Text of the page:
“Twenty-one to zero? Are you kidding me?”
I’m pretty sure I said something along those lines late in the first quarter of my KURL Radio broadcast of the 1997 State AA football championship game.
That frigid night nearly 20 years ago — Nov. 21, 1997, at Daylis Stadium in Billings against Bozeman — was expected to be the culmination of the dream season Billings West fans had been awaiting for nearly four decades.
The Golden Bears had not won a state football championship in the first 36 years of the program’s existence. But ’97 was expected to be “their year.” And with future college football standouts such as Johnny Edwards, Pat Ryan, Pat Carahasen, Willy Jacobson and Brandon Van Cleeve on the roster, it’s no wonder why.
West cruised through the regular season with only one setback, a 20-14 loss at Great Falls CMR in which Edwards, the star quarterback, sat out with an injury. The Golden Bears had easily handled Bozeman 28-11 in their regular-season meeting, led by 111 rushing yards and two TDs by Edwards.
In a 43-0 win over Butte in Week 2, Jacobson had four receptions for 110 yards. In a 56-0 win over Billings Senior, Edwards rushed for 134 yards on just nine carries. In a 51-7 win over Missoula Sentinel, Edwards threw for 388 yards. In a Week 6 win over Great Falls High, Carahasen set a school record with 235 receiving yards on 11 catches.
With those gaudy numbers and lopsided scores, it’s easy to see why the Golden Bears’ faithful — not to mention their play-by-play announcer — were stunned when Bozeman jumped to a 21-0 first-quarter lead in that championship game.
Edwards, though, recalls no sense of panic on the West sideline.
“Absolutely not,” he said. “I mean, literally we had the utmost confidence the entire time. There was not an ounce of panic for anybody. As soon as we scored that first touchdown, we knew we were in the game.”
Trailing 21-0, Cory Perzinski recovered a Bozeman fumble that set up West’s first TD.
“Looking back, it was defense and special teams that won the game for us,” Edwards said. “Willy Jacobson had two huge block kicks, one on an extra point and he also blocked a punt.”
Jacobson’s blocked punt came with just over four minutes remaining in the game and was recovered on the Bozeman 27-yard line. Moments later, a 5-yard touchdown run by Van Cleeve gave West its first lead of the night at 34-33.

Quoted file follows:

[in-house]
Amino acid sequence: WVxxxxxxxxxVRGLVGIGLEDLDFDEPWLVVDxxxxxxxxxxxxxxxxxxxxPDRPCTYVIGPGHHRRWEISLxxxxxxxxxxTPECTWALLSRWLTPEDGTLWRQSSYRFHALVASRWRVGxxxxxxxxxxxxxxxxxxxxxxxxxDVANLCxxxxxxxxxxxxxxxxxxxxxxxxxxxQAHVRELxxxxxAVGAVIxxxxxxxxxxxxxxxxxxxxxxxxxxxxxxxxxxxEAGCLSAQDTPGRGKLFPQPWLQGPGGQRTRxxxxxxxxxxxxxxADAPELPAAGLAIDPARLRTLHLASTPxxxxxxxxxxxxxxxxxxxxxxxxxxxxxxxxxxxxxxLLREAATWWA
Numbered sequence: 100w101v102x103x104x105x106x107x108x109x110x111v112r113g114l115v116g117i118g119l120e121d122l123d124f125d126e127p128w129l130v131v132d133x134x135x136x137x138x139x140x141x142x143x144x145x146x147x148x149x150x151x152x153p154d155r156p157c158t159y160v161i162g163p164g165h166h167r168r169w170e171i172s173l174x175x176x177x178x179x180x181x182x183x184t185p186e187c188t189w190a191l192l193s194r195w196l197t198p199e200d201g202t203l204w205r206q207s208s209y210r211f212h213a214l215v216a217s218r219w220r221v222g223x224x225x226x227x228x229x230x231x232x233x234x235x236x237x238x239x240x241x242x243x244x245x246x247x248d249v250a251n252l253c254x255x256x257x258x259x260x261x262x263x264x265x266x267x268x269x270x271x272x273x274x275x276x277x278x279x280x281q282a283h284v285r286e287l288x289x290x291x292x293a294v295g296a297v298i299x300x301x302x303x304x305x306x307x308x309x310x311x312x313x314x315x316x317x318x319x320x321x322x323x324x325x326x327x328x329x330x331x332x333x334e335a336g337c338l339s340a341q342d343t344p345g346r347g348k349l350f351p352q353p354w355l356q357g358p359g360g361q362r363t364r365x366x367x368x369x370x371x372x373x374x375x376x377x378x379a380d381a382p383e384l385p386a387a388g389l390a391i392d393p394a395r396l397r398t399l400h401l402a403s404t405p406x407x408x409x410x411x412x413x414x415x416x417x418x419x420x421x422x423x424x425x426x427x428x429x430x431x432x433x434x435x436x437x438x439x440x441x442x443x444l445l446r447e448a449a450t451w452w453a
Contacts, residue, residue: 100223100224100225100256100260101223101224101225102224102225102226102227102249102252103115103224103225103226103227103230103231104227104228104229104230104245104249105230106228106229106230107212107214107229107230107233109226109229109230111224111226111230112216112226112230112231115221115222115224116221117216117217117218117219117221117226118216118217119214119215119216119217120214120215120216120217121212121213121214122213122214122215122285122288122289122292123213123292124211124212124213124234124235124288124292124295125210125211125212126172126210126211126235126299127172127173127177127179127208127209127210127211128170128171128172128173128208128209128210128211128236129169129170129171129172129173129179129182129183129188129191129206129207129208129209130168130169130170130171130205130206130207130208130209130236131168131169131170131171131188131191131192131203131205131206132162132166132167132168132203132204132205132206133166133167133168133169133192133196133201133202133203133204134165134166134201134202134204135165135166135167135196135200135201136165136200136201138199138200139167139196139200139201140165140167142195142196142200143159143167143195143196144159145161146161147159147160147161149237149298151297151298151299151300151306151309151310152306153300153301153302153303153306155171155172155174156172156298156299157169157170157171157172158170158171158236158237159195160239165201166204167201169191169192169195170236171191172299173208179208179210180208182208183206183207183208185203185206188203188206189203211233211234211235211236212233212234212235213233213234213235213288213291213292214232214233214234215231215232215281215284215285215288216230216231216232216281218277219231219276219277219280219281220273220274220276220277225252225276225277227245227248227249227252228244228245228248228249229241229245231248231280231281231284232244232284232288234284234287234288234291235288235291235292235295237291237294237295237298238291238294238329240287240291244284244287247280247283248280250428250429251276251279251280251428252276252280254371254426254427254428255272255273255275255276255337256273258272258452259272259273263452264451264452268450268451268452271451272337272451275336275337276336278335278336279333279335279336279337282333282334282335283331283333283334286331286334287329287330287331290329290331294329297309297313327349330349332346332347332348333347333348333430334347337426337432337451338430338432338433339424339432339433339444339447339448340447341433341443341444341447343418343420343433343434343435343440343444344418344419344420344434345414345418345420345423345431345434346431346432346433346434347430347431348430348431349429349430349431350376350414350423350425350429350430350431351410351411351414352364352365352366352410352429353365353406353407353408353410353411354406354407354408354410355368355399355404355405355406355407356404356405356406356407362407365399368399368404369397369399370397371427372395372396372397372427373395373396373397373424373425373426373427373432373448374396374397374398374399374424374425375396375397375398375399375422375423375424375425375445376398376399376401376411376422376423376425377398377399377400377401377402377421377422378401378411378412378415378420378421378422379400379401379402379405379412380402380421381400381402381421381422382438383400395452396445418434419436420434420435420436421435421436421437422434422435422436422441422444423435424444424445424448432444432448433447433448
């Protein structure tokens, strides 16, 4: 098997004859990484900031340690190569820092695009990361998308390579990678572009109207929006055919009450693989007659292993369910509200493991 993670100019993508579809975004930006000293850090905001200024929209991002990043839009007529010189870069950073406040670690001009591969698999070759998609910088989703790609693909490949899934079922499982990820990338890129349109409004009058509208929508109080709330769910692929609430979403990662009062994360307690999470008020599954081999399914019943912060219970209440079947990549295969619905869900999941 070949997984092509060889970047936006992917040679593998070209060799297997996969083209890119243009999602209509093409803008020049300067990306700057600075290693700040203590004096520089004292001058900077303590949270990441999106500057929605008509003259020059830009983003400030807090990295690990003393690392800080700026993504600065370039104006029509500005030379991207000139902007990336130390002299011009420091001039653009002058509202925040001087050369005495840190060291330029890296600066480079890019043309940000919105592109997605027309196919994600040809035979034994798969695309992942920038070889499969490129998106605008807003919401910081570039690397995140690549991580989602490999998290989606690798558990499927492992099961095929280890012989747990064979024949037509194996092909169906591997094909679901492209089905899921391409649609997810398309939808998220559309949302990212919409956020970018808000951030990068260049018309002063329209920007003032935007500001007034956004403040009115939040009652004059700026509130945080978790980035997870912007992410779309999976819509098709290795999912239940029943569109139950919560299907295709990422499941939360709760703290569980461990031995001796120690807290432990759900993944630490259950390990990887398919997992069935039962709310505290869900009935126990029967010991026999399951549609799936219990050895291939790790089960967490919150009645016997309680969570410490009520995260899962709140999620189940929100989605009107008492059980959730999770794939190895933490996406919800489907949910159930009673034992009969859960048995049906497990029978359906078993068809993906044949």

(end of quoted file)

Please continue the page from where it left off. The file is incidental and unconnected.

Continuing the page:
The two-point conversion attempt failed, leaving the Golden Bears’ lead at a single point.
Bozeman’s ensuing drive is one of the most vivid memories of my broadcasting career. The Hawks had one of the best kickers in Montana history in Travis Dorsch, who earlier in the season had booted a state-record 63-yard field goal.
A potential game-winning field goal by Dorsch was on everyone’s minds as Bozeman moved down the field on that final drive. And the 6-foot-5 Dorsch helped put the Hawks in field-goal range himself, leaping high to haul in a 38-yard pass just outside the West 30 with just over a minute remaining. The drive stalled three plays later at the West 27, giving Dorsch a shot at a 46-yarder with 32 seconds left.
And I will never forget my play-by-play call. “Snap back … hold down … the kick is on its way … plenty of distance … it’s wide left! Wide left! West wins! West wins! Billings West 34, Bozeman 33! West High claims their first state championship!”
The storybook ending was complete, although not many at Daylis Stadium that night thought it was possible late in the first quarter.
Edwards went on to be known as “Johnny Montana” — by the way, I’m pretty sure I was the first to call him Johnny — while leading the University of Montana to a national championship. Carahasen, Jacobson and Van Cleeve went on to standout careers at Montana State, and Ryan played at Notre Dame.
They also left their mark on the West records books. Edwards finished as the school’s all-time passing leader, Carahasen the all-time leading receiver and Van Cleeve the all-time leading rusher.
But for Carahasen, being a part of West’s first state football title wasn’t about stats or records.
“Personally, what meant the most to me is that I got to do it with my teammates and friends and the people that I am still close with to this day,” he said. “That was the best part of it.”